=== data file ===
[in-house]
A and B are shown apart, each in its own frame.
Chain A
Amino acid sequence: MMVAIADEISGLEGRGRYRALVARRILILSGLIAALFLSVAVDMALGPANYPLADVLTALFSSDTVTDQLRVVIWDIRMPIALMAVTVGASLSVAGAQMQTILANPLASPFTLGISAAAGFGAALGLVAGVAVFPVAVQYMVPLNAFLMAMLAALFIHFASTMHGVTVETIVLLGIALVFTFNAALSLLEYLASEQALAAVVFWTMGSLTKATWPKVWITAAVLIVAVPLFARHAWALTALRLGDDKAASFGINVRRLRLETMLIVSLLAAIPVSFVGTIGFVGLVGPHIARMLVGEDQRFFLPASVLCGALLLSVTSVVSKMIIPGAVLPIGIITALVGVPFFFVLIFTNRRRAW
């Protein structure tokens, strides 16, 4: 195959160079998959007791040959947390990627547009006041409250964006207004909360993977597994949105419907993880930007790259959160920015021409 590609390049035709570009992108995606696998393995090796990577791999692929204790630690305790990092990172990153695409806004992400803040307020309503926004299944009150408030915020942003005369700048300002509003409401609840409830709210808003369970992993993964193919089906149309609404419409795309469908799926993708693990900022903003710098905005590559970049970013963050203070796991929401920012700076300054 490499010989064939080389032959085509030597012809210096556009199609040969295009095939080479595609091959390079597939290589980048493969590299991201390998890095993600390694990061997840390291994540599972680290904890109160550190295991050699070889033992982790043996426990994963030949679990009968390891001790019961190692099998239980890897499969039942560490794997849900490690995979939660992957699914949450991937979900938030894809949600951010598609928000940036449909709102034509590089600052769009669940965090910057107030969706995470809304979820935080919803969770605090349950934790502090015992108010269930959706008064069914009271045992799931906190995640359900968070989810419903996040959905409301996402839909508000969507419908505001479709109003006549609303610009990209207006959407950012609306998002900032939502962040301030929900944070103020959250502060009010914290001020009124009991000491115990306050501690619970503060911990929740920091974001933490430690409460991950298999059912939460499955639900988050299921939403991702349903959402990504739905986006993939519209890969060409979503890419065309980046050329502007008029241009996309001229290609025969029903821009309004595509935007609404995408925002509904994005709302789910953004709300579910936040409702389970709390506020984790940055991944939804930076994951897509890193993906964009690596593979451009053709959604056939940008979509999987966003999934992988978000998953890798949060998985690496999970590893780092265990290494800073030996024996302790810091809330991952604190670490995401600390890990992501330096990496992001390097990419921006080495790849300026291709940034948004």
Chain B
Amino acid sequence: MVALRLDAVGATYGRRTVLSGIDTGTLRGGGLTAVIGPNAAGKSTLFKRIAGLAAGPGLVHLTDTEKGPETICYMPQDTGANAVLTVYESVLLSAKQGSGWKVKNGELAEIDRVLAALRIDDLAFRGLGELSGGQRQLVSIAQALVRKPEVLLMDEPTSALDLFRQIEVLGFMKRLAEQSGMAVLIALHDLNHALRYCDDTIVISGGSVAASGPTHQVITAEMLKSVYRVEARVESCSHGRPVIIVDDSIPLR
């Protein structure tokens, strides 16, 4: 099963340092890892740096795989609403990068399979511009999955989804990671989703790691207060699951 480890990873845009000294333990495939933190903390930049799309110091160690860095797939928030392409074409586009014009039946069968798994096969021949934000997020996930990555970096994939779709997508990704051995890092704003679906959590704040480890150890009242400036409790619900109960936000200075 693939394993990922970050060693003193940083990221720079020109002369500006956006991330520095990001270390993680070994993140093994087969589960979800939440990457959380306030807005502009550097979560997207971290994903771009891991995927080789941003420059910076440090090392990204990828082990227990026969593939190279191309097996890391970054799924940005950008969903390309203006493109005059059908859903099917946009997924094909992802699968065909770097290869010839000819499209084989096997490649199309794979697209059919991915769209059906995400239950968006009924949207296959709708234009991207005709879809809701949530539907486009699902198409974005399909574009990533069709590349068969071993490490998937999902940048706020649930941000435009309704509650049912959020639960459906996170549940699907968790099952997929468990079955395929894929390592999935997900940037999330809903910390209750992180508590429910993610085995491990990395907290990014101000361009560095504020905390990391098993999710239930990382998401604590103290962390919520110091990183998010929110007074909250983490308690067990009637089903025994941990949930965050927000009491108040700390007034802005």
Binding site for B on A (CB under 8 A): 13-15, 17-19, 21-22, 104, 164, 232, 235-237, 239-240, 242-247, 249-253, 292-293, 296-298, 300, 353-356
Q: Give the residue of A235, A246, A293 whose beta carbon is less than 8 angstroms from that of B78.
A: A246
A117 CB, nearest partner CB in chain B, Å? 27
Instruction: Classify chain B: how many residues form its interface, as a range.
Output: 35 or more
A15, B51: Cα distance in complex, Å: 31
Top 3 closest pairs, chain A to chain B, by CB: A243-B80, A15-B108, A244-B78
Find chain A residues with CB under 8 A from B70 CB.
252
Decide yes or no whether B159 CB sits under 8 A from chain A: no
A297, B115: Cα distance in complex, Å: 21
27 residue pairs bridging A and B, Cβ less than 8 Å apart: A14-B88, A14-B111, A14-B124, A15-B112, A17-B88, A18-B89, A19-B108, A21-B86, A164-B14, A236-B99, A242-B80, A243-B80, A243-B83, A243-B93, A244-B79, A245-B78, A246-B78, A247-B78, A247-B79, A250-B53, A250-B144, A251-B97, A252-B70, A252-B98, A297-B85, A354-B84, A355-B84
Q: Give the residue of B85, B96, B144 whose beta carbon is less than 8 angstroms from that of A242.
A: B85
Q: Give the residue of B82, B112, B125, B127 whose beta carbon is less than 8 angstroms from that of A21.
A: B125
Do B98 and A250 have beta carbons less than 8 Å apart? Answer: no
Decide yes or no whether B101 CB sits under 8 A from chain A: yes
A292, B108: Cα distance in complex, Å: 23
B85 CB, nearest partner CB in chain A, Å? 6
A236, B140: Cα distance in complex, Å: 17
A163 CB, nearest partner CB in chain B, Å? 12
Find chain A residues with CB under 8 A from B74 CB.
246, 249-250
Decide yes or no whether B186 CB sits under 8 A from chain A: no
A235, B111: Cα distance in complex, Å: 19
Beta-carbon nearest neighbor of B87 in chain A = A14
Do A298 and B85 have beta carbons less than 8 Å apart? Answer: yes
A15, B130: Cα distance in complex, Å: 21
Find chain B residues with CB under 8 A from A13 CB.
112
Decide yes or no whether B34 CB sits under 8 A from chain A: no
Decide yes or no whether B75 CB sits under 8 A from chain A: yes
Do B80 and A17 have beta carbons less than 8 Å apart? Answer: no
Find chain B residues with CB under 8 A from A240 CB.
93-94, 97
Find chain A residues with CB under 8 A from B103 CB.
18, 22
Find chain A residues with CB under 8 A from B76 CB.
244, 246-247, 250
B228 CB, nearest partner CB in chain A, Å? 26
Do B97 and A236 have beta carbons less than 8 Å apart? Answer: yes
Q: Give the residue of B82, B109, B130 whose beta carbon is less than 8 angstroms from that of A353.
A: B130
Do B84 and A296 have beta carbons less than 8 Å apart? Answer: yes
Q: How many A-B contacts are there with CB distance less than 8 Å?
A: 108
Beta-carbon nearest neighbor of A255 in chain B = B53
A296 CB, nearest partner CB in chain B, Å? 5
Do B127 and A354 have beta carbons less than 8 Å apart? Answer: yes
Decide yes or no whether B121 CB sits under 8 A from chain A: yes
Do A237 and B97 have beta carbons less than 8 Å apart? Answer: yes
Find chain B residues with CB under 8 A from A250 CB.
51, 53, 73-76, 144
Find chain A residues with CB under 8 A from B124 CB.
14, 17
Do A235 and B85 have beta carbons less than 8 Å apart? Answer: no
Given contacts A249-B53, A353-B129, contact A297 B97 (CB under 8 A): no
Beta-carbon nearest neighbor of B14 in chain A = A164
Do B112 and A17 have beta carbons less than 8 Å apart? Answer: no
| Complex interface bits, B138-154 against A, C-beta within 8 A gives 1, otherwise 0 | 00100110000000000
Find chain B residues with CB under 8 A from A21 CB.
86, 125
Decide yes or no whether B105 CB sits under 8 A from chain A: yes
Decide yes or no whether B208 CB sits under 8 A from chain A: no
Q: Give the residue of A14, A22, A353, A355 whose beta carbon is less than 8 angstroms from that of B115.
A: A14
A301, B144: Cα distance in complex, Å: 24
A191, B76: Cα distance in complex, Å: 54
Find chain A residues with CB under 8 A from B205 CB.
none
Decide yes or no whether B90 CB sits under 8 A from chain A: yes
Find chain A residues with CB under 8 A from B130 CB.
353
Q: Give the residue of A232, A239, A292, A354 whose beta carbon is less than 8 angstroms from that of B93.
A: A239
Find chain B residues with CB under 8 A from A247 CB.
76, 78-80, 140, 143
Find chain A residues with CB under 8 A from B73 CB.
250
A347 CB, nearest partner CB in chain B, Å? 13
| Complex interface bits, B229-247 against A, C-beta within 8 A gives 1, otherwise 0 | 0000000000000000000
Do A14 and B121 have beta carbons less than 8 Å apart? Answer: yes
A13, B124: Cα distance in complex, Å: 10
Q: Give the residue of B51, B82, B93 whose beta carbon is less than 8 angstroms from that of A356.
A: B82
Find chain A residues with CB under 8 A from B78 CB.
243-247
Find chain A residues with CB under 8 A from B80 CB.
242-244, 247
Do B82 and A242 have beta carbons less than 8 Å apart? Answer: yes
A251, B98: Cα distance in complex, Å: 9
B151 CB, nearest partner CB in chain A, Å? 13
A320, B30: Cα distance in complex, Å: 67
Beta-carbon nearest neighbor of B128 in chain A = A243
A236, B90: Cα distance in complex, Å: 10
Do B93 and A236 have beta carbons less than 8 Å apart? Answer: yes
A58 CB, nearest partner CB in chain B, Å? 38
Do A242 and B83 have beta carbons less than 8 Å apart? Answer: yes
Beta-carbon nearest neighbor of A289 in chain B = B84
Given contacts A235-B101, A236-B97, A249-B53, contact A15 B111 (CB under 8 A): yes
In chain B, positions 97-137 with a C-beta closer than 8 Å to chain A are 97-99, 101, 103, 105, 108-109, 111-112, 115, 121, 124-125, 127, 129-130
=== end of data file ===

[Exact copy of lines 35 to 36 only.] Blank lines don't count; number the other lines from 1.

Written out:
A235, B111: Cα distance in complex, Å: 19
Beta-carbon nearest neighbor of B87 in chain A = A14